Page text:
Recently, though, Guillard has faced some health challenges, forcing her to slow down.
Tatiana Rodriguez, tour guide
In her 20s, Tatiana Rodriguez held down three jobs and was the breadwinner for her family. Between work and running errands for her family, she still managed to frequent Havana’s top music spots. Rodriguez loved to dance.
Two decades ago she thought Cuban men were mostly all chauvinists who had antiquated expectations of women. She wondered if she would ever find a boyfriend who respected her for who she was.
Now in her mid-40s, Rodriguez is a single mother to a vivacious 9-year-old, Ivan Daniel, who plays a mean violin. Things with his father didn’t work out, but Rodriguez is a devoted mother seeking to create opportunities for her son.
She has a good job as a tour leader for groups that come from overseas to do volunteer work in Cuba. But often her work takes her outside of Havana for weeks at a time. Her mother does much of the child-rearing.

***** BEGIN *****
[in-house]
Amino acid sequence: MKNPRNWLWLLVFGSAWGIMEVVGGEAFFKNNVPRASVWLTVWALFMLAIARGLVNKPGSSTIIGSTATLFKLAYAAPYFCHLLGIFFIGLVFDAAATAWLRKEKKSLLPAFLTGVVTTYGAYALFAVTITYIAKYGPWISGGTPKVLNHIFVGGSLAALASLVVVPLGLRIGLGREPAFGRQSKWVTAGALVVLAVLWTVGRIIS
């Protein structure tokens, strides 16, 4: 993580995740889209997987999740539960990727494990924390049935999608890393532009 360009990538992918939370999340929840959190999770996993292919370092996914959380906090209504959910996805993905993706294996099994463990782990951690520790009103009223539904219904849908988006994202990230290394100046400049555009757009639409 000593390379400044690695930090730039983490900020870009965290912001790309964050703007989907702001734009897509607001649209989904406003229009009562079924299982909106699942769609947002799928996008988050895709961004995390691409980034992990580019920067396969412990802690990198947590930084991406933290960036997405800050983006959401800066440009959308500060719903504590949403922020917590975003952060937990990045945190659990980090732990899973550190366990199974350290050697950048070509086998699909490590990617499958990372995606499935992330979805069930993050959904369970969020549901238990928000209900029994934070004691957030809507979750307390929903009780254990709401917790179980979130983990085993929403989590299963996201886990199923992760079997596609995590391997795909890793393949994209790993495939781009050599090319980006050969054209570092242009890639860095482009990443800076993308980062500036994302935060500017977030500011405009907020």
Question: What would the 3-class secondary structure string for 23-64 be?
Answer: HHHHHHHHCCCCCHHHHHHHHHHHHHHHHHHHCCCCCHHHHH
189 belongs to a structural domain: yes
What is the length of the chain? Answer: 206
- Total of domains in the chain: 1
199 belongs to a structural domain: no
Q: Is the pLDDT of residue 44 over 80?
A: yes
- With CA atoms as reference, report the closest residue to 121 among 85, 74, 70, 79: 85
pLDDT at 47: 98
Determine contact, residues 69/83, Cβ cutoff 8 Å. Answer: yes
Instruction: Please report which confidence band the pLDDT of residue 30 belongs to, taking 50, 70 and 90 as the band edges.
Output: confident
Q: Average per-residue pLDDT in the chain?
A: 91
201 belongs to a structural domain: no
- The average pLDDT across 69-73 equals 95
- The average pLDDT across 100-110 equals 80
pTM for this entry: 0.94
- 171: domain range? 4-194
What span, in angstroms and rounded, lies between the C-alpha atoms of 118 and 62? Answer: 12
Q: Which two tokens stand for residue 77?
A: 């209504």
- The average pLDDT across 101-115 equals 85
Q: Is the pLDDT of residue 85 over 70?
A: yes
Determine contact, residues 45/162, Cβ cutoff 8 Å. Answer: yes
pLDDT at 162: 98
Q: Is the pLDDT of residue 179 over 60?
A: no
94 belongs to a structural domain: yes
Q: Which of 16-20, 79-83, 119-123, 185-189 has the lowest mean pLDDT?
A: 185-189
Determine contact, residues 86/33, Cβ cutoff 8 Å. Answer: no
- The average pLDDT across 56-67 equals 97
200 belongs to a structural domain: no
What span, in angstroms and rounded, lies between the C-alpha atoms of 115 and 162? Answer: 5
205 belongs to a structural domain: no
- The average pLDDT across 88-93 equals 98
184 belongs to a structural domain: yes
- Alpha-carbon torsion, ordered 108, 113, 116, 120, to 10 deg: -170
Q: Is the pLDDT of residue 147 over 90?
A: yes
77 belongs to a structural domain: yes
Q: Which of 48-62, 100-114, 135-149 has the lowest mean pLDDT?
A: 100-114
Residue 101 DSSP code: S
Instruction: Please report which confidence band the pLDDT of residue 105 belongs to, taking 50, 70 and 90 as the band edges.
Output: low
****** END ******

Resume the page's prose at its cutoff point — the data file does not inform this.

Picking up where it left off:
Daily life is busy for Rodriguez, but she still finds moments to dream. She wants to write a book about Cuban women, travel and see the world — but mostly, she wants to be there for her son.
Hilda Torres, retired English professor
Hilda Torres wasn’t bitter when Cuba was deep in its economic crisis during the 1990s and daily life was a struggle. Her creative spirit had an outlet: How to put a decent dinner on the table when meat was non-existent and her family members were not fans of vegetables?
“Plantains in temptation” became a signature dish, while eggs, rice and yucca appeared in creative concoctions on dinner plates each evening. Torres started planning her meals from the moment she awoke, and was determined to get her family through the scarcity.